July 4th 2020 was a joyous day for the United Kingdom. Pubs and restaurants were finally permitted to reopen, albeit with government-imposed restrictions. The restrictions are necessary measures that allow shuttered businesses to resume operations safely. The UK is making progress in battling the pandemic, but there's still a long road ahead. The food and beverages industry has been particularly hard-hit, and the next few months will truly test the operational chops of innovation of business owners in the sector.

Support for the sector

Pub, bar and restaurant owners are undoubtedly eager to restart their business and move forward. The double-whammy of months of zero or decreased revenue and has affected cash flow. Social distancing measures make it difficult to hit pre-COVID covers. The government is supporting pubs and restaurants in their recovery through several initiatives.

What's changed for pubs and restaurants?

A lot. At the moment, the constant changes can feel somewhat overwhelming. It's essential always to remember that this too shall pass. Innovation and improvements will evolve from this situation. Also keep in mind that while the human species continues to change, grow and adapt, old habits, such as stopping by the pub or eating at a restaurant, die hard. These age-old, treasured, and beloved pastimes aren't disappearing.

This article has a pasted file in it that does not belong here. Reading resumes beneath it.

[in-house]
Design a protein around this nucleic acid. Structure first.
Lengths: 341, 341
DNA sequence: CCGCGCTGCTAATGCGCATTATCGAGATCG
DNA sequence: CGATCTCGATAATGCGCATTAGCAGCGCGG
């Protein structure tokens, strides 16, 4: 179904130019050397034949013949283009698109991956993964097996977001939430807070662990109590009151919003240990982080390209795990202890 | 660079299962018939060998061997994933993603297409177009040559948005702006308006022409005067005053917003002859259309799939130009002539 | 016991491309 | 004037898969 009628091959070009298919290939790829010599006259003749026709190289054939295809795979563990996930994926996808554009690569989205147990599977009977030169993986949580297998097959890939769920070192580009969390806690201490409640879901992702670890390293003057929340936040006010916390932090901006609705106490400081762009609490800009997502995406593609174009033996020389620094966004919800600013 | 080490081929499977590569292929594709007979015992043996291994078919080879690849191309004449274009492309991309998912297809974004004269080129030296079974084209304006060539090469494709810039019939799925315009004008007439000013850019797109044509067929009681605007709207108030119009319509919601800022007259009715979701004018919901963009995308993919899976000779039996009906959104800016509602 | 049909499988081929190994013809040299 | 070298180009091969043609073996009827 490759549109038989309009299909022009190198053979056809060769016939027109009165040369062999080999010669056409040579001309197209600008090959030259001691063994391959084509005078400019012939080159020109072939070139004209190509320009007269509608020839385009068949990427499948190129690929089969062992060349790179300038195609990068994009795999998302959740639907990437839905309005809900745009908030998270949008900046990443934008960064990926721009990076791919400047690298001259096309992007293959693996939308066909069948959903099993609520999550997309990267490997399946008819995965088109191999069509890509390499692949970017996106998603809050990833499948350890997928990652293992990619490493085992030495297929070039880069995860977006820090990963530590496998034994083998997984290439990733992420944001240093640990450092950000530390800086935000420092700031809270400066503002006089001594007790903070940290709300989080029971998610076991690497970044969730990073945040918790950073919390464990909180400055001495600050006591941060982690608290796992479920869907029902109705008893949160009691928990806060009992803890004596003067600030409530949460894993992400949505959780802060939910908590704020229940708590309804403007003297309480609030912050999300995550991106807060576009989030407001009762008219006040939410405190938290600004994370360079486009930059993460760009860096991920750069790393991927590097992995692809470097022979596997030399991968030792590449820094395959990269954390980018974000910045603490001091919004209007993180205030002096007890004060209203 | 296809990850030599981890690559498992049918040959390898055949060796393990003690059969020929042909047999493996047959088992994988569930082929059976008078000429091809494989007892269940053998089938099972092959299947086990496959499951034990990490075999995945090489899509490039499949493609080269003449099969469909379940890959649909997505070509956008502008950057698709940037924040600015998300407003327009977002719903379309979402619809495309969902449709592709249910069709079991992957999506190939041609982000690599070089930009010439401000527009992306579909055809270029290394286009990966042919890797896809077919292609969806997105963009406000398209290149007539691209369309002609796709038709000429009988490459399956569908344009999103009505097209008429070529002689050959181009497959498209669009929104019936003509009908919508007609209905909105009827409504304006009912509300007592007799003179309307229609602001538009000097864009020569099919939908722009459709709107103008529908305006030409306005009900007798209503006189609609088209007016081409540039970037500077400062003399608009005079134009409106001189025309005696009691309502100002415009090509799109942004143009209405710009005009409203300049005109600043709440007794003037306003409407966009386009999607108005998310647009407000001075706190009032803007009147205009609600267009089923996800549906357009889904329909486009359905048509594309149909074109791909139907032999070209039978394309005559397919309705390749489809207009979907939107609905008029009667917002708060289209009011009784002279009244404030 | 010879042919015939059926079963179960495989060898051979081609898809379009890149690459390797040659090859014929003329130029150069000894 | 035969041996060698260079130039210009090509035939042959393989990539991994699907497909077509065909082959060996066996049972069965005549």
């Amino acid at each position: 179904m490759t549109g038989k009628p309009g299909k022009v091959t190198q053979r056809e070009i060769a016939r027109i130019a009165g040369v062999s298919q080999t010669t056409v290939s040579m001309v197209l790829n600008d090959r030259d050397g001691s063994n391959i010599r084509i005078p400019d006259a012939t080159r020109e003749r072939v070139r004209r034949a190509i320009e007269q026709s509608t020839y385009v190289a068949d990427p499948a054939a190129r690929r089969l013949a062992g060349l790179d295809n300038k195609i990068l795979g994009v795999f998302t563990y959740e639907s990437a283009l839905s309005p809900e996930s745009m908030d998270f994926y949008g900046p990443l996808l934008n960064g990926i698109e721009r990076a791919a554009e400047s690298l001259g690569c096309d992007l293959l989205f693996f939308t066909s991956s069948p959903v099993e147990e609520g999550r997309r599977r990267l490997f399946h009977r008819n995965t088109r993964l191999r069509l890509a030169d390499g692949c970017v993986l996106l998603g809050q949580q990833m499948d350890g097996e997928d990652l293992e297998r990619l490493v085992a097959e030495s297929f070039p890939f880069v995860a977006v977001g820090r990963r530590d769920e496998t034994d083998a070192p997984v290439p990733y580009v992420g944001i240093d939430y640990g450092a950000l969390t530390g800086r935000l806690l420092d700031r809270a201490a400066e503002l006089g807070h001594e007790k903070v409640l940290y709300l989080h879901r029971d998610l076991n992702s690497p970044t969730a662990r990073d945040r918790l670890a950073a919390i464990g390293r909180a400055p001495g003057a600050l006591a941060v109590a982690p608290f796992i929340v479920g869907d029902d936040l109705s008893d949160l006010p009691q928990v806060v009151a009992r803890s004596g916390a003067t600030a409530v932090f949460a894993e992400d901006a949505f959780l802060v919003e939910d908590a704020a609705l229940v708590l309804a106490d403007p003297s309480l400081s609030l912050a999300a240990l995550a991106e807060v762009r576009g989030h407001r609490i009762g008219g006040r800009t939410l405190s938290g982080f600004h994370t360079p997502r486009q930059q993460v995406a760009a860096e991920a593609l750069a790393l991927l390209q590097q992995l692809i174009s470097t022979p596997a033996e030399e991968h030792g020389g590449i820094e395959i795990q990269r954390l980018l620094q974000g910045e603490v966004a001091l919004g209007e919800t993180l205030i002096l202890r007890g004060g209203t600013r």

COVID secure guidance

The UK government has published comprehensive guidance for all restaurants, pubs, bars, and takeaway food service providers about operating during COVID-19. The practical guide covers the following:

  • Assessing and managing risk
  • Conducting a risk assessment for your business
  • Guidance about how to minimise the risk of infection
  • Advice for communicating new guidance to your employees
  • Protecting vulnerable employees
  • Cleaning and sanitation guidelines and procedures
  • Social distancing procedures
  • Inbound and outbound goods procedures

The new rules

We'll cover some of the newly implemented rules and procedures for restaurants and pubs that are most visible to patrons. We’ll also provide some ideas about how to make the best of these restrictions as well as the general pandemic situation.

Household limitations: Currently, Britons are permitted to meet in groups of up to two households indoors. This rule applies everywhere, whether you're meeting in someone's house, in a restaurant, or in a member's club. "You are able to meet indoors in groups of up to two households (anyone in your support bubble counts as one household). This includes inviting people from one household into your home or visiting the home of someone else with members of your own household. You should continue to maintain social distancing with anyone you do not live with or who is not in your support bubble when doing so. If you are in a support bubble, you can continue to see each other without needing to maintain social distancing."